This study shows how sensitivity analysis and subset selection can be employed
in a cardiovascular model to estimate total systemic resistance,
cerebrovascular resistance, arterial compliance, and time for peak systolic
ventricular pressure for healthy young and elderly subjects. These quantities
are parameters in a simple lumped parameter model that predicts pressure and
flow in the systemic circulation. The model is combined with experimental
measurements of blood flow velocity from the middle cerebral artery and
arterial finger blood pressure. To estimate the model parameters we use
nonlinear optimization combined with sensitivity analysis and subset selection.
Sensitivity analysis allows us to rank model parameters from the most to the
least sensitive with respect to the output states (cerebral blood flow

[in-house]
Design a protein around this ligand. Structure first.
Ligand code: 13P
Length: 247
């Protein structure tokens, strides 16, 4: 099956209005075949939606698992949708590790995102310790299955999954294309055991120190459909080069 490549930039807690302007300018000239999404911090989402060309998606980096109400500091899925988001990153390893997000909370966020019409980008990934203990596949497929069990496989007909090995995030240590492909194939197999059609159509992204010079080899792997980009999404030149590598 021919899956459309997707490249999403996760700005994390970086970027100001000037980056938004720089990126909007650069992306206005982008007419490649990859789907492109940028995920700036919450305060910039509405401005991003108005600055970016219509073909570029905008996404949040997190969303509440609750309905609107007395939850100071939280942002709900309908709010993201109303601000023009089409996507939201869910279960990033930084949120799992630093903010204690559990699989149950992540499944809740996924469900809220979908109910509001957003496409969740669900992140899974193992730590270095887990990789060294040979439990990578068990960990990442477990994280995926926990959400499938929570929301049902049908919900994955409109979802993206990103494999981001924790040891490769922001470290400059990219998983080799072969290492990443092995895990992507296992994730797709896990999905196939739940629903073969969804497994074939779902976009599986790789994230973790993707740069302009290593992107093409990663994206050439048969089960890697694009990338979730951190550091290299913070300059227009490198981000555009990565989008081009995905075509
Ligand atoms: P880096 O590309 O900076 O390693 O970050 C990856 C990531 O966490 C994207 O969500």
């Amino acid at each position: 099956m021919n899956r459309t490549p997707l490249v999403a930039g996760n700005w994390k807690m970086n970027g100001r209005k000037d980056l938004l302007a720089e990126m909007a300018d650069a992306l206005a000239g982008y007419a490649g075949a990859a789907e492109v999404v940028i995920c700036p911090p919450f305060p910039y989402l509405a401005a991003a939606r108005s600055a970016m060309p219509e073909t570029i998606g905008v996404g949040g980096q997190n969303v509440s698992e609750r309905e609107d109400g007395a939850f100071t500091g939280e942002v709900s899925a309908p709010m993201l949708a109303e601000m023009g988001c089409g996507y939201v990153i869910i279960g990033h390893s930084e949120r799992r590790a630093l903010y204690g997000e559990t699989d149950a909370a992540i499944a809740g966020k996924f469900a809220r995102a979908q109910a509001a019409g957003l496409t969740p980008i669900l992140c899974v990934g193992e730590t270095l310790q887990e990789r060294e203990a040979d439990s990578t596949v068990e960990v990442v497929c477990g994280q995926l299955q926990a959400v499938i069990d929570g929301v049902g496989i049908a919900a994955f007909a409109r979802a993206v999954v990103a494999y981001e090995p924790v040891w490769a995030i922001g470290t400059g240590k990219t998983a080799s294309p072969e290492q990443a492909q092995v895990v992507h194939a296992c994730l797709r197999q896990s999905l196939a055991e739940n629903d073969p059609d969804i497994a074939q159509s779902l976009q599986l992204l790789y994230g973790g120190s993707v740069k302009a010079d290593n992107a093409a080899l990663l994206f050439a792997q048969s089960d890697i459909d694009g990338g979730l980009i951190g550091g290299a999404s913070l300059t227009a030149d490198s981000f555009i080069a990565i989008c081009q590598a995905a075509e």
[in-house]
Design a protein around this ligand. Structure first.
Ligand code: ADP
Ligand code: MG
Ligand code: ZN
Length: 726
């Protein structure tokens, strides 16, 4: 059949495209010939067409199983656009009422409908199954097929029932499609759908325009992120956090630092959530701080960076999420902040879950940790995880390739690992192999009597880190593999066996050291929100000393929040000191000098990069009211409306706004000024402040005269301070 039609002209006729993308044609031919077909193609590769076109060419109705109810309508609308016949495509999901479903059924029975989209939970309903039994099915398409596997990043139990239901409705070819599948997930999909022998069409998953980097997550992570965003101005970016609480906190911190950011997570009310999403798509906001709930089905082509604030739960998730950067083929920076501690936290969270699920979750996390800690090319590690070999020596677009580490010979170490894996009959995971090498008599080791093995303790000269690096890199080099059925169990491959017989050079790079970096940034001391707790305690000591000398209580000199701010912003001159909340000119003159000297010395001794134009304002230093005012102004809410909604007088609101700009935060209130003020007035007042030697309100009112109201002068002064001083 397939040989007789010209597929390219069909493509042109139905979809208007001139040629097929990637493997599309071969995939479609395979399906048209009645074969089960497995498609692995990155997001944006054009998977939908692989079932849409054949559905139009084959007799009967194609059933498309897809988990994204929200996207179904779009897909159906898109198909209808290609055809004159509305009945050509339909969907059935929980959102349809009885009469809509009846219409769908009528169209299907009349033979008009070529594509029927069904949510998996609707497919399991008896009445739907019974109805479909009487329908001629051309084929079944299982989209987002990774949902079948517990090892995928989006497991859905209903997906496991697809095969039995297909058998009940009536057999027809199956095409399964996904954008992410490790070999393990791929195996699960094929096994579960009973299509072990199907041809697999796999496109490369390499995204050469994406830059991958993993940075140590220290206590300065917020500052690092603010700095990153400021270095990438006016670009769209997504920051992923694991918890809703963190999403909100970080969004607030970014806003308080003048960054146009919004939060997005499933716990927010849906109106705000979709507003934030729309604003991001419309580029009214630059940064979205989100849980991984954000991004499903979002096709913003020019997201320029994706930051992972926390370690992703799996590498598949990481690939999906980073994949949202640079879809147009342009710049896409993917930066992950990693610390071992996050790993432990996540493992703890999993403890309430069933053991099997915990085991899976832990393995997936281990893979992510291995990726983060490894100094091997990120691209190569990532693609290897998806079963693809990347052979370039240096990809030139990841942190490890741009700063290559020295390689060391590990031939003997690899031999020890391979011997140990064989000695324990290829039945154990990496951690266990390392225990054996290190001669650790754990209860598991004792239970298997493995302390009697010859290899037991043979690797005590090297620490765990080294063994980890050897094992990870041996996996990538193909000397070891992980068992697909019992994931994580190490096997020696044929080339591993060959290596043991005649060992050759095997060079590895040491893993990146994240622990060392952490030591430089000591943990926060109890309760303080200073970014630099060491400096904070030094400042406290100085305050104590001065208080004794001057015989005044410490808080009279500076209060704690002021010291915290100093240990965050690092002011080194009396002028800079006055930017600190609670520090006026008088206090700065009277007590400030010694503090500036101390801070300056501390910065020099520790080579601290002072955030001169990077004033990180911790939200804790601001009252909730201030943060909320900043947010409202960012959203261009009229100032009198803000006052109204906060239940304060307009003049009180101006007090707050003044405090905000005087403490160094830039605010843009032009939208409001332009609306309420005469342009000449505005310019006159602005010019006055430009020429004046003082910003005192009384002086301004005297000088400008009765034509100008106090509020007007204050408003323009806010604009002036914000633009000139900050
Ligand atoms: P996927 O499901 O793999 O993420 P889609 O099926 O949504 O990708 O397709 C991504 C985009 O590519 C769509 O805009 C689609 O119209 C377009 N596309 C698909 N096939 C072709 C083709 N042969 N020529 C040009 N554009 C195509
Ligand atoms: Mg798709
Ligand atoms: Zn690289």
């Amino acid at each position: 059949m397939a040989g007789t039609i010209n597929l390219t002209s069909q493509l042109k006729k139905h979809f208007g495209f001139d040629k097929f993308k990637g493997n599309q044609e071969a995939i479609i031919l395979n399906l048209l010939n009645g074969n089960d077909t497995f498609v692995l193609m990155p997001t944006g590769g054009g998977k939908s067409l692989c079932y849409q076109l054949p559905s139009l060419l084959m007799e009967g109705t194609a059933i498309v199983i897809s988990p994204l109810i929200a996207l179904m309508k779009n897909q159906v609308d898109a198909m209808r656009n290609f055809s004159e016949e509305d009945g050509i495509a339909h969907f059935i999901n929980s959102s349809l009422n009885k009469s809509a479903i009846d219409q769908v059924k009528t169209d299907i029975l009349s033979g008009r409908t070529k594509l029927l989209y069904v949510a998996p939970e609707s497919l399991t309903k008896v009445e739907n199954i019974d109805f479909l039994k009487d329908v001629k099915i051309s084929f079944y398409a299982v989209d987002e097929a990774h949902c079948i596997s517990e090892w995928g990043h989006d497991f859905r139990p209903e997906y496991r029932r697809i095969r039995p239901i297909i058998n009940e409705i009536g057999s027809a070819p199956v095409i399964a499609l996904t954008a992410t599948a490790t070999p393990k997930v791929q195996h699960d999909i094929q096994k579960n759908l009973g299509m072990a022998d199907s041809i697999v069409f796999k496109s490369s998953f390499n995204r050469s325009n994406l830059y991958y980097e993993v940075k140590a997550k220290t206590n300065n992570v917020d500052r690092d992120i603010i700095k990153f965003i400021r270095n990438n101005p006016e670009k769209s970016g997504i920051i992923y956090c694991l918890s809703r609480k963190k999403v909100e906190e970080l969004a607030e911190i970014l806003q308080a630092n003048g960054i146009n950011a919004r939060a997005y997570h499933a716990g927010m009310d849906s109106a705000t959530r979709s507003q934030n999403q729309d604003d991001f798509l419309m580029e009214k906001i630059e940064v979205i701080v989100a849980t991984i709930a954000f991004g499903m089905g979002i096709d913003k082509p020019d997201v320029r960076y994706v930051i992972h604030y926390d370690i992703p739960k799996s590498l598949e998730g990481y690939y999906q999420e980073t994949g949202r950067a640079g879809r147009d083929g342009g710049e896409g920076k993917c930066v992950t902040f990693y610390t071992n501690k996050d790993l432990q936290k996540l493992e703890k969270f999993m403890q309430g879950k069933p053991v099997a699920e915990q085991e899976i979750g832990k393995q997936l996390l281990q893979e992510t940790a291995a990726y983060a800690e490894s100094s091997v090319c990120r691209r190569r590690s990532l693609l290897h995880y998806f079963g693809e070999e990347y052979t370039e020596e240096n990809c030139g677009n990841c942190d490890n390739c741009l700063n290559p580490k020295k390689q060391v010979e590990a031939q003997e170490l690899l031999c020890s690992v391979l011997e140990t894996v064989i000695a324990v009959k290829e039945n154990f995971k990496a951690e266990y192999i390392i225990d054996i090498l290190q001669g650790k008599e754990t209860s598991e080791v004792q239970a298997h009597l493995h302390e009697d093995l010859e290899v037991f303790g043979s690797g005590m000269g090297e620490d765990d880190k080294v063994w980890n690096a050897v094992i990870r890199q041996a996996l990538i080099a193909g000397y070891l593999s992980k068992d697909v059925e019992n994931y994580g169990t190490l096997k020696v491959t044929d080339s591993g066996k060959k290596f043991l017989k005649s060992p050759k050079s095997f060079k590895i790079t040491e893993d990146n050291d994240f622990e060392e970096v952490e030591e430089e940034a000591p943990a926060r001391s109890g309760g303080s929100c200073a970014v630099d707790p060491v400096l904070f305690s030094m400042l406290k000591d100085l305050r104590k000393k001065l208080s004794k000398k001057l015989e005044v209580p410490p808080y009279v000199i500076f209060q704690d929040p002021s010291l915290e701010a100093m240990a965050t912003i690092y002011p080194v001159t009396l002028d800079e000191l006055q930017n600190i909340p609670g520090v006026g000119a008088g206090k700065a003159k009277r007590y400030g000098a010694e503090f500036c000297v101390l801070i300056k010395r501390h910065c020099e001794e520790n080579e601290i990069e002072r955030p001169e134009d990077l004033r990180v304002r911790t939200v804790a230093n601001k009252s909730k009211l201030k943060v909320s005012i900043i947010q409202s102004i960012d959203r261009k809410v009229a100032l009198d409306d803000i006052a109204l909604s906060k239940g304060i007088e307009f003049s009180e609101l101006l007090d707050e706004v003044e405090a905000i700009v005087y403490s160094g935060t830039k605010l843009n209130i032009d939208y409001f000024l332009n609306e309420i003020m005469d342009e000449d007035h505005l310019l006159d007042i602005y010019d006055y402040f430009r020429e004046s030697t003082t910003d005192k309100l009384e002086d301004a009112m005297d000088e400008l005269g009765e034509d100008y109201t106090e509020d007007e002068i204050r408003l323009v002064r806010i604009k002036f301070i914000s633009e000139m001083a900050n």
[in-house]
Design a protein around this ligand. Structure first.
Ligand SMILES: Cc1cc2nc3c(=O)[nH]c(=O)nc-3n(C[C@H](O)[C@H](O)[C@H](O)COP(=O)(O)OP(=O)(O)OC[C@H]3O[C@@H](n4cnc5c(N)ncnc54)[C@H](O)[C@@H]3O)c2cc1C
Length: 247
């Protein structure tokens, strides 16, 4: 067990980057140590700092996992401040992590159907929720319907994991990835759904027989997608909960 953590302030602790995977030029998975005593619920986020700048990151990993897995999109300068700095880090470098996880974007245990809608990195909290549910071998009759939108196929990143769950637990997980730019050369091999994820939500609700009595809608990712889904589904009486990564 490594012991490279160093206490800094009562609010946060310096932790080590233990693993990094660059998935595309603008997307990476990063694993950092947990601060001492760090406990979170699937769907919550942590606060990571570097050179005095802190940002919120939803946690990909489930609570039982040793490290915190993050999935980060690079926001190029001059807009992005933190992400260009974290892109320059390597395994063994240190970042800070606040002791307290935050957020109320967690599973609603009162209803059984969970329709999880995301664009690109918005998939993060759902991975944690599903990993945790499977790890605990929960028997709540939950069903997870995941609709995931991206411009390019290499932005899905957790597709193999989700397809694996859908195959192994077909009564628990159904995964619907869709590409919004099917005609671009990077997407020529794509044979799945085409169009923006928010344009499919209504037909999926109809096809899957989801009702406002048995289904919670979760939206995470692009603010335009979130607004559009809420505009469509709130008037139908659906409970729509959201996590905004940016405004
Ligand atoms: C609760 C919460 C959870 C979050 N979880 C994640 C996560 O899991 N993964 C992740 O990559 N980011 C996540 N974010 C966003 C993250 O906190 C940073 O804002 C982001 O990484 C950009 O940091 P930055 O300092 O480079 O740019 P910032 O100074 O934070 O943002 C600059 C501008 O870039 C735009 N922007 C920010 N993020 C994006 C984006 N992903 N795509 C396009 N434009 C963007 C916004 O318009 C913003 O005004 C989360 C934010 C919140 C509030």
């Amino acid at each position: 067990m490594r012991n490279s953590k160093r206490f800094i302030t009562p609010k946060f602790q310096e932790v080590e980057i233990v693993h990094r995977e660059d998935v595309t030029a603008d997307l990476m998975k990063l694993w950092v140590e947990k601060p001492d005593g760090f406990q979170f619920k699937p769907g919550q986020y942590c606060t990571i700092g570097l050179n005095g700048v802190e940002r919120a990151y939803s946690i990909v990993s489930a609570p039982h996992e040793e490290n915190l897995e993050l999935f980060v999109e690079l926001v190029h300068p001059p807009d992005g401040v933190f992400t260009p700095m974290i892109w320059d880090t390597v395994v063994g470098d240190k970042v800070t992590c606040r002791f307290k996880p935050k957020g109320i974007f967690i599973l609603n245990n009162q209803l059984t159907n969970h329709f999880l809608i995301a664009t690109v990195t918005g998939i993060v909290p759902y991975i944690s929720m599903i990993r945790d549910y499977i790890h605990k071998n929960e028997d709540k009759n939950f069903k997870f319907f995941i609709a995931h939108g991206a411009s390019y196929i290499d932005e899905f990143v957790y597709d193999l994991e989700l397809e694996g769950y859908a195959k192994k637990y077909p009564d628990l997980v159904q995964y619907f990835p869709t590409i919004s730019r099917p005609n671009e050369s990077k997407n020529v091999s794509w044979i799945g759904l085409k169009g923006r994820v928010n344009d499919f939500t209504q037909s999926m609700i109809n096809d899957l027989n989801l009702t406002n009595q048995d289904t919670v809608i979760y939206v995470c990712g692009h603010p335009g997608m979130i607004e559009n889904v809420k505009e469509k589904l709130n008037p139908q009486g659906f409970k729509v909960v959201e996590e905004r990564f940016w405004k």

velocity and arterial blood pressure). Subset selection allows us to identify
a set of independent candidate parameters that can be estimated given limited
data. Analyses of output from both methods allow us to identify five
independent sensitive parameters that can be estimated given the data.
Results show that with the advance of age total systemic and cerebral
resistances increase, that time for peak systolic ventricular pressure is
increases, and that arterial compliance is reduced. Thus, the method discussed
in this study provides a new methodology to extract clinical markers that
cannot easily be assessed noninvasively.
Mathematics Subject Classification: Primary: 92C30, 92C35, 92C50, 65L09; Secondary: 93B40.